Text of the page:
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ORIGINAL RESEARCH Table of Contents   
Year : 2008  |  Volume : 19  |  Issue : 2  |  Page : 124-128
Study of the patterns of periodontal destruction in smokers with chronic periodontitis


Division of Periodontics, College of Dentistry, King Saud University, Post Box 60169, Riyadh 11545, Saudi Arabia

Correspondence Address:
Sukumaran Anil
Division of Periodontics, College of Dentistry, King Saud University, Post Box 60169, Riyadh 11545
Saudi Arabia
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DOI: 10.4103/0970-9290.40466

PMID: 18445929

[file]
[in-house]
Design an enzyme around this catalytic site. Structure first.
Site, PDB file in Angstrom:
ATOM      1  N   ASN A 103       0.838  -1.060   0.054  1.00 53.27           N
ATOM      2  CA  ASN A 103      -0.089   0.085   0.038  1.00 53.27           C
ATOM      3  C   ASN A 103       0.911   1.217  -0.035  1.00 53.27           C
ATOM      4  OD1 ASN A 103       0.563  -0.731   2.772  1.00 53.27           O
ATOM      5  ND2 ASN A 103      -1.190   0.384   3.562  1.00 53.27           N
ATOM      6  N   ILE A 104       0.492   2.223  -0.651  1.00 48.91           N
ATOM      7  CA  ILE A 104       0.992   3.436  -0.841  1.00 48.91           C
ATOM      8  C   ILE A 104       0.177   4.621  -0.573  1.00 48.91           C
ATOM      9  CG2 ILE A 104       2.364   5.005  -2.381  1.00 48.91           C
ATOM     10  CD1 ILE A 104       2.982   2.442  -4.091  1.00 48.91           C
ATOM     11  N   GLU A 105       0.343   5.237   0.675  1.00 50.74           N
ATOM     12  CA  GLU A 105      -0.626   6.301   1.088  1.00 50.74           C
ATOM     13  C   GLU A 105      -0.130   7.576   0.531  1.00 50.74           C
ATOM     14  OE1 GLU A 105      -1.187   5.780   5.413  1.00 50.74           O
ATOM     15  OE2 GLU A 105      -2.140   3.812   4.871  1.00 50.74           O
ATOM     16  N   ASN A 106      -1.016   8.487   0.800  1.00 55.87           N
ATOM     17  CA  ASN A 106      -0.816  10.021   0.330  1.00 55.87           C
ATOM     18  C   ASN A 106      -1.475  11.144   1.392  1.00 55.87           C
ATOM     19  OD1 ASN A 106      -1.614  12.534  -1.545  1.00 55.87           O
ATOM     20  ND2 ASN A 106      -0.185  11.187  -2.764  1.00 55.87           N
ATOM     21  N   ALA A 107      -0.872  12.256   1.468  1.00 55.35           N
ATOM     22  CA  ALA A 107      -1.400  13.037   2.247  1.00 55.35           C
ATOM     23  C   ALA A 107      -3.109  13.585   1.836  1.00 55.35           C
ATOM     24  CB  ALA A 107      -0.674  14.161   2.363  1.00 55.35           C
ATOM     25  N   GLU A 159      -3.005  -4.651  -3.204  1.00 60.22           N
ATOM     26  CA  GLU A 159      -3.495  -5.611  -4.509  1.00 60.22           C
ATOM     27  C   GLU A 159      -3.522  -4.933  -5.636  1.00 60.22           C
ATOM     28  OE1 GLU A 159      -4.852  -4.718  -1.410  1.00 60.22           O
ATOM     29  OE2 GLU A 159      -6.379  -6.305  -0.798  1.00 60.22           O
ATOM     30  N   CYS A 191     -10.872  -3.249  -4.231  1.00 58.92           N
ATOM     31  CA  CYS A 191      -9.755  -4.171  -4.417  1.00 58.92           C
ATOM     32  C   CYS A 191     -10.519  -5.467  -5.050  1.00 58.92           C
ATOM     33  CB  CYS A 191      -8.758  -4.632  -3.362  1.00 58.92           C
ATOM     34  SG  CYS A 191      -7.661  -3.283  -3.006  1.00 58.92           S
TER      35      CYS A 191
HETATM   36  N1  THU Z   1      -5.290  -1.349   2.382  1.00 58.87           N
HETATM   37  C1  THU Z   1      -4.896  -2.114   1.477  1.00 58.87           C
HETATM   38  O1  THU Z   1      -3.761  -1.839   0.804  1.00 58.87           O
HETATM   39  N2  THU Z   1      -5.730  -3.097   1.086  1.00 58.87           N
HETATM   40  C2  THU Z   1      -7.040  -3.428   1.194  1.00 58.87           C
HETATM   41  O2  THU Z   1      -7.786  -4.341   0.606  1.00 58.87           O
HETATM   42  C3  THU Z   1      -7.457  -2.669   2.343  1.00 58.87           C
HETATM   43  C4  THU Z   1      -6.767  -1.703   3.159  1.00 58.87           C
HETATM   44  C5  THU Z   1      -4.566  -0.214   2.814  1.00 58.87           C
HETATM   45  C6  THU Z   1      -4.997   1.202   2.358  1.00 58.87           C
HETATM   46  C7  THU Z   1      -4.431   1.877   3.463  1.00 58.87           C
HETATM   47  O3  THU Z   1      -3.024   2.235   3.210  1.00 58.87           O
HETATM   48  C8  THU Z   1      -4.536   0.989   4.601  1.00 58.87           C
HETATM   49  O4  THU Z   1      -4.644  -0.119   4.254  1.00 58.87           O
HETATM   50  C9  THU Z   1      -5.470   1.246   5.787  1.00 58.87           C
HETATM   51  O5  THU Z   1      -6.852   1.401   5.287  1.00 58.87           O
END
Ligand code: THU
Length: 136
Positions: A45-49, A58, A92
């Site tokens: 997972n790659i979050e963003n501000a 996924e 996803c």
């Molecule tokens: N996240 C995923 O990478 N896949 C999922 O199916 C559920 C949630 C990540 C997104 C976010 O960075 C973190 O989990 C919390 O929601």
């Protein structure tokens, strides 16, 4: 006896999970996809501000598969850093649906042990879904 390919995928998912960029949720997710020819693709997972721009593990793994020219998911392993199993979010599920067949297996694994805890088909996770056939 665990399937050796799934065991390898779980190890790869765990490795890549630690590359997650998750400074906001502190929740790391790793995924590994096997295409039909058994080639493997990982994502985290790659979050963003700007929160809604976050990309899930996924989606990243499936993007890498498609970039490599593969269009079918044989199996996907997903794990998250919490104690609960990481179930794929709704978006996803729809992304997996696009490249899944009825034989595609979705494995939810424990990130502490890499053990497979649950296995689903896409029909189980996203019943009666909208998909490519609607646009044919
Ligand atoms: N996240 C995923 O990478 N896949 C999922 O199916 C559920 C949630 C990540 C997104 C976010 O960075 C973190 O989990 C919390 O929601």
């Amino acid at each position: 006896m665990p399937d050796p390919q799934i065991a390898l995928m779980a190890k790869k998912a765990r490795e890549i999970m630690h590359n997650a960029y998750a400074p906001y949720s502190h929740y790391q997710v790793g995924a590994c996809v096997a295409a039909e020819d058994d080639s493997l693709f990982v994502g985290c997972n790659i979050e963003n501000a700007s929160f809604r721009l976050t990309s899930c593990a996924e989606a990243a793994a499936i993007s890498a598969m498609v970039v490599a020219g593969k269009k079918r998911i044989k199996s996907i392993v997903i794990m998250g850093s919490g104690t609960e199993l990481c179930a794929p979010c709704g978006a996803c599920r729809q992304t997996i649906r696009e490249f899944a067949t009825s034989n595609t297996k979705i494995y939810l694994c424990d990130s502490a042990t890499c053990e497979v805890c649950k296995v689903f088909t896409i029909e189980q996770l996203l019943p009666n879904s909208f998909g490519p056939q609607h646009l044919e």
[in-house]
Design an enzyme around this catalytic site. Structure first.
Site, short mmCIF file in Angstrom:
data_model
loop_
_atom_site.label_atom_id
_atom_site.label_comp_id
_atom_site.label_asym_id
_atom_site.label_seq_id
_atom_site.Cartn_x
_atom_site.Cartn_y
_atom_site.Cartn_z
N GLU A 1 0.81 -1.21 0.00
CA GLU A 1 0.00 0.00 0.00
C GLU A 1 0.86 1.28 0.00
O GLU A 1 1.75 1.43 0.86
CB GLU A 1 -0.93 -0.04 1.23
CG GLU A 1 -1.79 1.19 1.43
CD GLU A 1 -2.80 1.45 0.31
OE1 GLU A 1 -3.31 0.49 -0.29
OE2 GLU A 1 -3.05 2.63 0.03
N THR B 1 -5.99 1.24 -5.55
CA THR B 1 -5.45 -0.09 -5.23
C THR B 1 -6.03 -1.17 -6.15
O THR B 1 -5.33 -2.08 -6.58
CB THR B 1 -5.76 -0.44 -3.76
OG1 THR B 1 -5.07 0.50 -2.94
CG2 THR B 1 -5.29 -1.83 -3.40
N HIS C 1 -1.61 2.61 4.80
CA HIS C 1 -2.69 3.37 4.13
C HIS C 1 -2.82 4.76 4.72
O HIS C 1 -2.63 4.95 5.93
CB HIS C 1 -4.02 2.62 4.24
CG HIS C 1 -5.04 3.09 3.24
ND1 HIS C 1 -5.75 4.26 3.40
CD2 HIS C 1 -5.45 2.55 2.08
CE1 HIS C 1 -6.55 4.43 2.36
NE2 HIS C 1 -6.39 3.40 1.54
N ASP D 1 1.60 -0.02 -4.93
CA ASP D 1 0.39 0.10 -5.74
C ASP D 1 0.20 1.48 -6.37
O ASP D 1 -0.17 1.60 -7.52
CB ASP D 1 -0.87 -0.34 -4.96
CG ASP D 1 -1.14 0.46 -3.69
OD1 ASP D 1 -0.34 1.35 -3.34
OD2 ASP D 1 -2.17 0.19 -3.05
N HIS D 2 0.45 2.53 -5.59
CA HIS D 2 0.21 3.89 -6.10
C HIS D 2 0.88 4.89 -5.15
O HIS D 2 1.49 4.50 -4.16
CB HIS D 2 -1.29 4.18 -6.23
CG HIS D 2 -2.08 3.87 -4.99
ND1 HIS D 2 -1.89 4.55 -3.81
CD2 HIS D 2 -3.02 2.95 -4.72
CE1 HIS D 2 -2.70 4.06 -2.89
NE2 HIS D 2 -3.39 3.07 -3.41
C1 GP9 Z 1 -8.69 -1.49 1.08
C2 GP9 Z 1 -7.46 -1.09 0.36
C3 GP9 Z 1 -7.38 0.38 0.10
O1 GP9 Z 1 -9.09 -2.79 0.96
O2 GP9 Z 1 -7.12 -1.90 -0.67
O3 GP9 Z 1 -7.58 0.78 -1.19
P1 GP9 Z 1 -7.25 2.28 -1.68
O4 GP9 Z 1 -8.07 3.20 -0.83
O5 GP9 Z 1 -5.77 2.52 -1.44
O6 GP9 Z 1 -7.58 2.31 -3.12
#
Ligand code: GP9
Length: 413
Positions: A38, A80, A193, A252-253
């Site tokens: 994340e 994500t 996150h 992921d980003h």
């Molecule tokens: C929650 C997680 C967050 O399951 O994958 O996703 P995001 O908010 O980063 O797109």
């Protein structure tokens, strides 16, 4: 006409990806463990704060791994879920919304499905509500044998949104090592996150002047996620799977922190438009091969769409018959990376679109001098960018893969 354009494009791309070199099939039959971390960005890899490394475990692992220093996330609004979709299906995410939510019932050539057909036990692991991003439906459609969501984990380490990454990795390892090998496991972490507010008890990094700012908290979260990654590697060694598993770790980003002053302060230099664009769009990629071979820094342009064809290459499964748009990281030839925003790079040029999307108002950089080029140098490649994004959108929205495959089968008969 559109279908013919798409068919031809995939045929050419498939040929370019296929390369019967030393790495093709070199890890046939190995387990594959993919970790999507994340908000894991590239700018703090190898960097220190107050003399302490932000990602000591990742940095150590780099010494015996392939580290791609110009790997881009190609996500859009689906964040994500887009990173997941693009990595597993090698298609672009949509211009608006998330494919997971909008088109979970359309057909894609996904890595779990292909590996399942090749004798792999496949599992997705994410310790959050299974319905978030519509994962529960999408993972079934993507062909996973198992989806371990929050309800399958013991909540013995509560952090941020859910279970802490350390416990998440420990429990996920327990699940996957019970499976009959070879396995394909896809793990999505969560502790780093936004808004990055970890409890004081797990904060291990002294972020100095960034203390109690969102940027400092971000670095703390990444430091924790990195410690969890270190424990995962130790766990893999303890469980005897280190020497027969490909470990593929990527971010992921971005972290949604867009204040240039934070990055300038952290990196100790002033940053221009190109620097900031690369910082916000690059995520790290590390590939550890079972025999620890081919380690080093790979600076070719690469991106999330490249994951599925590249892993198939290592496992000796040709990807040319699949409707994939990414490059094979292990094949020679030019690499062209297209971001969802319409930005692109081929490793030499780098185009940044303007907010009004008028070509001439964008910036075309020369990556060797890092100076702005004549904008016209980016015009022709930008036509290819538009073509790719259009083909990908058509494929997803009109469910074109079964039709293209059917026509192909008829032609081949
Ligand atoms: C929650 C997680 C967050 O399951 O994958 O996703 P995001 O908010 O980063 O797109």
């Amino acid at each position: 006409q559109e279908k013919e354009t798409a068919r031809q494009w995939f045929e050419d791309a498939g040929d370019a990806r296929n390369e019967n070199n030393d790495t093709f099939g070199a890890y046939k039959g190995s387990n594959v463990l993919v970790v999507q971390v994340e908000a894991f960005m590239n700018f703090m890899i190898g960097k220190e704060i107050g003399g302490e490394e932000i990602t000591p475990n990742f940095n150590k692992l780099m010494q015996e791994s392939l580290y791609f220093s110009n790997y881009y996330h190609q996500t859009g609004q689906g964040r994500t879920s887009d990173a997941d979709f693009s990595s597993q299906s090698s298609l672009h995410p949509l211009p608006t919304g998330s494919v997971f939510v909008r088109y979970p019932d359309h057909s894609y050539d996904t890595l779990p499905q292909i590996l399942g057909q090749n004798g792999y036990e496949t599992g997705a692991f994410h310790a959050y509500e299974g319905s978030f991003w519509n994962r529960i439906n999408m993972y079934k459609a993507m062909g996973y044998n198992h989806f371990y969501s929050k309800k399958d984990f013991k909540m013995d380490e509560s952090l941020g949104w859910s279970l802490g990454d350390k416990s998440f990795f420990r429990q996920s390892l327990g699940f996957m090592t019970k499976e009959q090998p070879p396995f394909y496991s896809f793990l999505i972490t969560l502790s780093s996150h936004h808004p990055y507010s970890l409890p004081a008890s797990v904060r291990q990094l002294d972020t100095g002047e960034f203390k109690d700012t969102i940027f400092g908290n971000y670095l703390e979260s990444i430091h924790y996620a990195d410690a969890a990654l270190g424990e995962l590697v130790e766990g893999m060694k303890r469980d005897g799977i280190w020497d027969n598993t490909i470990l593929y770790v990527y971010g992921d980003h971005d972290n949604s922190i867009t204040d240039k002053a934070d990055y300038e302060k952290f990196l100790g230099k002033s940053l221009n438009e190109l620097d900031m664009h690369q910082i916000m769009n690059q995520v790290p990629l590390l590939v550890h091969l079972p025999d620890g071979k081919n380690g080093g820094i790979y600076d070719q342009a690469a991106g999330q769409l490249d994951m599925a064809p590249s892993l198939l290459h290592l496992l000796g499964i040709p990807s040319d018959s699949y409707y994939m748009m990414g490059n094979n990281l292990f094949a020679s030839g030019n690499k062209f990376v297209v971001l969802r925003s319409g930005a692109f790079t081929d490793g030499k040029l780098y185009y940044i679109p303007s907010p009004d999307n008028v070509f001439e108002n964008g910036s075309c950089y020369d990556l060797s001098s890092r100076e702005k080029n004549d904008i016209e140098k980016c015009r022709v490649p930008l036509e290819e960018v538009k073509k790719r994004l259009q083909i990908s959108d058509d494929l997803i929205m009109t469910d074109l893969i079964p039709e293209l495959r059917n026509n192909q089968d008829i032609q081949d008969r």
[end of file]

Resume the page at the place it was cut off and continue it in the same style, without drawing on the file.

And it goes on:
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Cigarette smoking is a well-established risk factor for periodontitis and carries an increased risk for loss of periodontal attachment as well as for bone loss. Aims: The purpose of the study was to investigate the pattern of the intraoral distribution of periodontal destruction among cigarette smokers with periodontitis by assessing the periodontal probing depth (PPD) and clinical attachment level (CAL). Materials and Methods: Thirty smokers with chronic periodontitis were enrolled in the study. PPD, CAL, plaque index (PI), and bleeding on probing (BOP) were measured. The data was pooled for the anterior sextant and the posterior sextant as well as for the facial and lingual surfaces. The degree of periodontal destruction was compared in these sextants. Statistical Analysis: Comparisons were made between maxillary anterior, maxillary posterior, mandibular anterior, and mandibular posterior using the one-way analysis of variance (ANOVA) test. When the overall ANOVA showed statistical significance, post hoc testing (Tukey-Kramer multiple comparisons test) was performed to explore the differences between any two groups. P -values <0.05 were considered significant. Results: The maxillary anterior sextant showed significantly higher PPD and CAL loss than the other sextants. Similarly, the maxillary palatal area showed higher probing depth and clinical attachment loss than the facial sites and the mandibular regions. Conclusions: From the results it can be concluded that there is variation in the periodontal tissue destruction in different areas of the oral cavity, with the maximum periodontal destruction in the maxillary palatal region. These observations emphasize the deleterious effects of smoking on the periodontal tissues.


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